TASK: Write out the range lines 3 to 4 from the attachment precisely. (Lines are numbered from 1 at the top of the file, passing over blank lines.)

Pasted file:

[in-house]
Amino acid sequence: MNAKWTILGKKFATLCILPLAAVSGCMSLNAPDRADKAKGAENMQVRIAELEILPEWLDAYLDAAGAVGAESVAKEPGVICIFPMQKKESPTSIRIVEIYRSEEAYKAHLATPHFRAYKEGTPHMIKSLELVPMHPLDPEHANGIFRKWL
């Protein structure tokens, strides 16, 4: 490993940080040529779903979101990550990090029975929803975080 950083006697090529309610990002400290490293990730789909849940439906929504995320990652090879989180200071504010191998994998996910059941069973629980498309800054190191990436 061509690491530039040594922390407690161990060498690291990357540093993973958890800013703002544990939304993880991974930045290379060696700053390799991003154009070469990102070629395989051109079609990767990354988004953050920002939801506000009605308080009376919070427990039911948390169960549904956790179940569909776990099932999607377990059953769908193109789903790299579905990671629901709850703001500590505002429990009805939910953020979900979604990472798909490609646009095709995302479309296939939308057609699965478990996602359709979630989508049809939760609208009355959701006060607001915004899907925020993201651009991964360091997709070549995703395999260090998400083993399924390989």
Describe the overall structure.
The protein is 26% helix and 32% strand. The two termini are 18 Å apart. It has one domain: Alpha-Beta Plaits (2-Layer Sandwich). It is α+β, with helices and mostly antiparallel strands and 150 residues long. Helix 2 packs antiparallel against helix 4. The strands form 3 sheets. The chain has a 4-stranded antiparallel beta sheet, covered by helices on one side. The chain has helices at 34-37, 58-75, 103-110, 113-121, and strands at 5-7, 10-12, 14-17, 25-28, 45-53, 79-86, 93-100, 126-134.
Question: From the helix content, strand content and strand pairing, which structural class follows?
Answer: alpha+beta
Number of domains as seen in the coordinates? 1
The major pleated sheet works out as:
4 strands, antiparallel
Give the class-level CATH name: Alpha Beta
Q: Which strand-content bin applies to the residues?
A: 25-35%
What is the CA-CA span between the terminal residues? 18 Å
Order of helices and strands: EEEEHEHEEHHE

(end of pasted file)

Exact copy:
């Protein structure tokens, strides 16, 4: 490993940080040529779903979101990550990090029975929803975080 950083006697090529309610990002400290490293990730789909849940439906929504995320990652090879989180200071504010191998994998996910059941069973629980498309800054190191990436 061509690491530039040594922390407690161990060498690291990357540093993973958890800013703002544990939304993880991974930045290379060696700053390799991003154009070469990102070629395989051109079609990767990354988004953050920002939801506000009605308080009376919070427990039911948390169960549904956790179940569909776990099932999607377990059953769908193109789903790299579905990671629901709850703001500590505002429990009805939910953020979900979604990472798909490609646009095709995302479309296939939308057609699965478990996602359709979630989508049809939760609208009355959701006060607001915004899907925020993201651009991964360091997709070549995703395999260090998400083993399924390989």
Describe the overall structure.